Google E2EMail Code Goes Open-Source

Google has decided to donate the experimental E2EMail encryption system to the open source community.

Even as most of the internet has already embraced or is in the process of embracing encryption, end-to-end encryption still hasn’t undergone full integration.

And while some email service providers offer end-to-end encryption, a larger percentage is still reliant on PGP, which has its fair share of challenges.

Now, Google has yet again stepped up with what appears to be a solution to the general lack of encryption amongst email service providers with the E2EMail Chrome application code.

The search engine giant has handed out the end-to-end encryption system, while still in its experimental phase, to the open-source community on GitHub.

The move to make the internet more secure came after the controversial Snowden revelations that revealed the NSA’s indiscriminate mass surveillance efforts.

ProtonMail, Snowden’s preferred email service provider which also recently relaunched an onion service, was already using client-side encryption by the time Snowden had leaked the classified information.

As secure as this encryption method was, a major downside is that it did not support plain text content.

Following the revelations, we saw instant messaging app WhatsApp take the leap into the end-to-end encryption arena, following in the footsteps of apps such as Signal, Wire, and Facebook Messenger.

For most, the sole reason for opting for cryptographic methods was to keep government surveillance at bay.

However, encryption has proved useful to people looking to prevent man in the middle attacks or keeping communication lines secure within organizations with applications such as Wickr.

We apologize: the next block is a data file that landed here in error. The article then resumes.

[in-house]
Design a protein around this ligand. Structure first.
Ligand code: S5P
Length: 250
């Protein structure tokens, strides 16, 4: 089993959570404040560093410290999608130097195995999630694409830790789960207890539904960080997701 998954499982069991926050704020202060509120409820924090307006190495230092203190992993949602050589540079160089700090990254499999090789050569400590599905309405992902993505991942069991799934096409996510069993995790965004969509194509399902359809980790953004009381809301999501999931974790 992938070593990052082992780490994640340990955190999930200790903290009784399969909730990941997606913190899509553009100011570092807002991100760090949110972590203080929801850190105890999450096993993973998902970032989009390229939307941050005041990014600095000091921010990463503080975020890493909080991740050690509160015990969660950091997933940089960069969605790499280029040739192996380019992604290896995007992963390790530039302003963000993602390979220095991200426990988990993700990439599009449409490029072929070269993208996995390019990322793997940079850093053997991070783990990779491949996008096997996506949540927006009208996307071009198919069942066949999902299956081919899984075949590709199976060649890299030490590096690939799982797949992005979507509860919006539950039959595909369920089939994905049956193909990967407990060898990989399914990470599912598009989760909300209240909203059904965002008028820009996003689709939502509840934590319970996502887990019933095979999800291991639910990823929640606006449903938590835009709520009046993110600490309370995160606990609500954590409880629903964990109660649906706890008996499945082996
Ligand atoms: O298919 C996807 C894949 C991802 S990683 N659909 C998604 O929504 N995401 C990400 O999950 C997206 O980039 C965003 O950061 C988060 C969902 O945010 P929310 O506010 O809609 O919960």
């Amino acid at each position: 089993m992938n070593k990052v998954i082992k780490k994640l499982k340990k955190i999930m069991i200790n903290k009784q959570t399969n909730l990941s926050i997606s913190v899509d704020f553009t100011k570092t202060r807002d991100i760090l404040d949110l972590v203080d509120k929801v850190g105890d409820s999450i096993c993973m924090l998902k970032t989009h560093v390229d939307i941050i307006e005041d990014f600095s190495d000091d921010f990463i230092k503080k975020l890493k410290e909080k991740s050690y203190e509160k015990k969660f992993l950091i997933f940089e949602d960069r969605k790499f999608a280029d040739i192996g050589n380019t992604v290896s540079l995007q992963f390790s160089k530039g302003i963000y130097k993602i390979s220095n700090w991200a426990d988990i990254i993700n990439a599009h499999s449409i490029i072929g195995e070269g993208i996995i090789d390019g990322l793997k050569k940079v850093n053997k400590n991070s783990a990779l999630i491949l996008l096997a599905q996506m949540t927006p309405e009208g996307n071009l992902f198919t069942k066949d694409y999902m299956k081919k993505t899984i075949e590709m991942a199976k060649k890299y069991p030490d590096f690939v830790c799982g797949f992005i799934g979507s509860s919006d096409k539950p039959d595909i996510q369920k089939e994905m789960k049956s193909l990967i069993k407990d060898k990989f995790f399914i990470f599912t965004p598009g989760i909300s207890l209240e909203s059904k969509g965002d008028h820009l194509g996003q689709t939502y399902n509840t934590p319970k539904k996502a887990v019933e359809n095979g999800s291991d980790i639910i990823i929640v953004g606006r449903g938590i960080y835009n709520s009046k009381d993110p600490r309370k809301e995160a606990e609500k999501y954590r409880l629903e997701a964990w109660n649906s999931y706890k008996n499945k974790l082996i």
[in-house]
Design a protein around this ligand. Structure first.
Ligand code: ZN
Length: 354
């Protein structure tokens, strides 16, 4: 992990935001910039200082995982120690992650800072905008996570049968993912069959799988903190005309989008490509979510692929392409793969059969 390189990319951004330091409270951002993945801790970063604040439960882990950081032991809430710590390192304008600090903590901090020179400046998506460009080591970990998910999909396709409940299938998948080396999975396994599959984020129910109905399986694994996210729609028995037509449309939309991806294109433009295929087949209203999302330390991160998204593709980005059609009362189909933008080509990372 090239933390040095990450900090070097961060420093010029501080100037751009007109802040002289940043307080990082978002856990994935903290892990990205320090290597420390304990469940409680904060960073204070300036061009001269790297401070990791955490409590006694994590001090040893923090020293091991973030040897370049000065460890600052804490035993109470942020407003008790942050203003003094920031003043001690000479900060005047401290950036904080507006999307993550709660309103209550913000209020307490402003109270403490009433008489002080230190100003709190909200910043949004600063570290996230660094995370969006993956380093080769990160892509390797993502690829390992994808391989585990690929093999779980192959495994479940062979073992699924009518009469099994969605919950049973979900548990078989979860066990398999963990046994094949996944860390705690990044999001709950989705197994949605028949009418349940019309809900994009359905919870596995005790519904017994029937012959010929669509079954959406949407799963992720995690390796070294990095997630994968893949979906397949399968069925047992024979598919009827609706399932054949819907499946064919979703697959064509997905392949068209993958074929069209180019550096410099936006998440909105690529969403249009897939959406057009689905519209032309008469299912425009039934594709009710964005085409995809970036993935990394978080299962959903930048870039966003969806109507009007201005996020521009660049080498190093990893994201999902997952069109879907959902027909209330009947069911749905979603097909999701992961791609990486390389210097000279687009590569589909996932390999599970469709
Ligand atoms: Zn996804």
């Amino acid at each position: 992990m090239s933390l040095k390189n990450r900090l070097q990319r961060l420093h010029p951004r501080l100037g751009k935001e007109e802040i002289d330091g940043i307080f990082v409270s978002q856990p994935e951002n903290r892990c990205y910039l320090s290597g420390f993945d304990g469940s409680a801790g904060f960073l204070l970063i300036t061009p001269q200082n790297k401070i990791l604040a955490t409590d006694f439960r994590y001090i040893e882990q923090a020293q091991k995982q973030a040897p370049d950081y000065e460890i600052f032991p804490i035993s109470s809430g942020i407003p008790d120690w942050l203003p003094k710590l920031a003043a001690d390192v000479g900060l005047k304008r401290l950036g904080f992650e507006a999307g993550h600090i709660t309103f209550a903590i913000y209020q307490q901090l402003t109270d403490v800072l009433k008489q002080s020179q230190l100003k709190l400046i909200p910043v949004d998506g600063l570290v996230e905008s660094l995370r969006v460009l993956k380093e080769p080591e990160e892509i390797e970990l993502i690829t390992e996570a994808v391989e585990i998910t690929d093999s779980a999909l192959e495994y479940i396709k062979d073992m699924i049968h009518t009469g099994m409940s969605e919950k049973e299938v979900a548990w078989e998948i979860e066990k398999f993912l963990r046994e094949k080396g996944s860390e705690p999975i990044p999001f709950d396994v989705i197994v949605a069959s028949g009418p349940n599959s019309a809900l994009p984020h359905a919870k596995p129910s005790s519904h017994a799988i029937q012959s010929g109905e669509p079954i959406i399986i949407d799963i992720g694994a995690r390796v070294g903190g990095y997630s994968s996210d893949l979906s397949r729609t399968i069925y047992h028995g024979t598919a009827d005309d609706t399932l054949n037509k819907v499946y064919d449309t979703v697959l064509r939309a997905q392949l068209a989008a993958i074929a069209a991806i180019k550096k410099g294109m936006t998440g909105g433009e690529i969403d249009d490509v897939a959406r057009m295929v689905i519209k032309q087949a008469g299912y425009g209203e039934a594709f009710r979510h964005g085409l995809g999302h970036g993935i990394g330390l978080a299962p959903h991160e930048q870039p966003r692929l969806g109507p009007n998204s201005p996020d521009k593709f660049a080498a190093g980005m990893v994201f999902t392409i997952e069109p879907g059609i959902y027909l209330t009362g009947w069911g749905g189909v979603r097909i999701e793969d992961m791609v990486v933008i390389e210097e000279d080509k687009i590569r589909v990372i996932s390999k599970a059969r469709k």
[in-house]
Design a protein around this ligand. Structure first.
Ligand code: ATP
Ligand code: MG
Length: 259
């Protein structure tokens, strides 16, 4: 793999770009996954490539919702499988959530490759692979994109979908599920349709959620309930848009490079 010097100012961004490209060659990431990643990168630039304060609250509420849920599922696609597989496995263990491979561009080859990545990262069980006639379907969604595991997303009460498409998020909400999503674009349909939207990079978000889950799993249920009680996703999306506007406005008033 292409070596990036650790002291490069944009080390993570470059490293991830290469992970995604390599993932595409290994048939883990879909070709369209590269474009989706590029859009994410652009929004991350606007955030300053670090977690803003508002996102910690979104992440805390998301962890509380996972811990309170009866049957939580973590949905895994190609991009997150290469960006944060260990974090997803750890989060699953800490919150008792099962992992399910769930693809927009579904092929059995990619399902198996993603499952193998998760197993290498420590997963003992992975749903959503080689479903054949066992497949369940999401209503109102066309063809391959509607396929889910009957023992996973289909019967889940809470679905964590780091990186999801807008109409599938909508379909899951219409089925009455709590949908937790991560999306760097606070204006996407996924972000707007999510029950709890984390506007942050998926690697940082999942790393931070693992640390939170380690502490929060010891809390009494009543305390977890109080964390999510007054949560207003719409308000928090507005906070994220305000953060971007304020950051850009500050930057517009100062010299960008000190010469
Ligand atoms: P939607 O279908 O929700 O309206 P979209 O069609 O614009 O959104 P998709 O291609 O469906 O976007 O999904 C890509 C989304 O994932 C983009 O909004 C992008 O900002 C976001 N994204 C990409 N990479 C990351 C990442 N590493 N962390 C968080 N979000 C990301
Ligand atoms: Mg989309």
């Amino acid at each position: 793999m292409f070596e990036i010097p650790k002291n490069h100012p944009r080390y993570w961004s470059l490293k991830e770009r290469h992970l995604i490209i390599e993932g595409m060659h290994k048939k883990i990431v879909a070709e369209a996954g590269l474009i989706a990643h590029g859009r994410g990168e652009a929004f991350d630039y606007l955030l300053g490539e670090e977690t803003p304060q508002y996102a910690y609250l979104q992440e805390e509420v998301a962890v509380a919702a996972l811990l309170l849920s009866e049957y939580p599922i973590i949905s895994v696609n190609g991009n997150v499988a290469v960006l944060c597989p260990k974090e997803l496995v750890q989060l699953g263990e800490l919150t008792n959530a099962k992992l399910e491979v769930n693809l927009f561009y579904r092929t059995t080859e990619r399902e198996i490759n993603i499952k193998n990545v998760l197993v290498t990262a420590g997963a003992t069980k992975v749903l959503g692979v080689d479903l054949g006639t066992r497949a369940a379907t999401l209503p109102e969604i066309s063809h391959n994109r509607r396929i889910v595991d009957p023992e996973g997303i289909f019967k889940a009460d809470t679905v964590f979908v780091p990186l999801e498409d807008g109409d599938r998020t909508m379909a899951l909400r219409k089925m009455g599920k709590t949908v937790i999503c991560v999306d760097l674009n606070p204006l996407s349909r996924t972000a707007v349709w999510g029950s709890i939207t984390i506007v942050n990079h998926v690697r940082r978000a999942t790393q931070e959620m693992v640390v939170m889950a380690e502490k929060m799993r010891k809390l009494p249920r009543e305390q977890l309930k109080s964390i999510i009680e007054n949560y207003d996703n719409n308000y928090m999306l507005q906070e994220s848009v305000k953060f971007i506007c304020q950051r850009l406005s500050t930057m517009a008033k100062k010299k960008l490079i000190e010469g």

Google’s End-to-End Encryption System Targets a Wider Audience

The Google E2EMail code is not just another end-to-end encryption protocol.

The encryption will have quite an impact, which is why Google engineers Eduardo Vela Nava and KB Sriram announced their plans to make the end-to-end encryption system open source.

E2EMail is based on Google’s JavaScript crypto library and will enable Gmail users to encrypt their communications via a Google Chrome Extension that will integrate OpenPGP encryption into Gmail.

Unlike the encrypted email service provider ProtonMail, cleartext messages will be retained, albeit exclusively on the client side.

The tech giant has been more than modest by refusing to take any credit for the E2Email encryption system.

Although largely spawned by security engineers from Google, they have insisted that it is not a Google product.

Now, the adoption of the encryption code into the open source community means it is a fully community-driven project.

Google released earlier Key Transparency

Google E2Email Code is Still Largely Underdeveloped

Keyserver testing has shown that the nascent E2EMail still needs a lot of work.

Nevertheless, Google’s Key Transparency, which was released early this year, might be more than instrumental in helping E2EMail’s security better than most people anticipate.

Essentially, Key Transparency takes off the technical edge of encryption by using a more user-friendly infrastructure.

This way, public keys attached to any given account will be made public for viewing and auditing for all online personas.

And because everyone will be able to see and not alter the keys in any way, any attempts to tamper with the key will be seen publicly.

Key Transparency will also help senders to ensure that they are using the same keys that have been verified by the respective account owners.

Key Transparency looks to tackle a challenge that is so far reaching that it affects file sharing, messaging applications, and software updates – the manual verification of recipients’ accounts in the event of a server compromise.

A notable instance is that of the PGP web-of-trust for email encryption; 20 years later, people are either unable to or unwilling to use it.

Surprisingly, this also includes its original author.

E2EMail and Key Transparency Will Eradicate OpenPGP’s Usability Challenges

It is evident that E2EMail and Key Transparency will be more or less reliant on each other, especially if the tech giant wants to get rid of the numerous usability challenges that have made OpenPGPan unpopular option.

The scalability of Key Transparency together with the practicality of E2EMail will allow email service providers to ditch the issue-ridden PGP web-of-trust model once and for all.

The integration of Google’s Key Transparency model with the new E2EMail encryption system is a move that holds much promise in terms of enhancing security on the internet.

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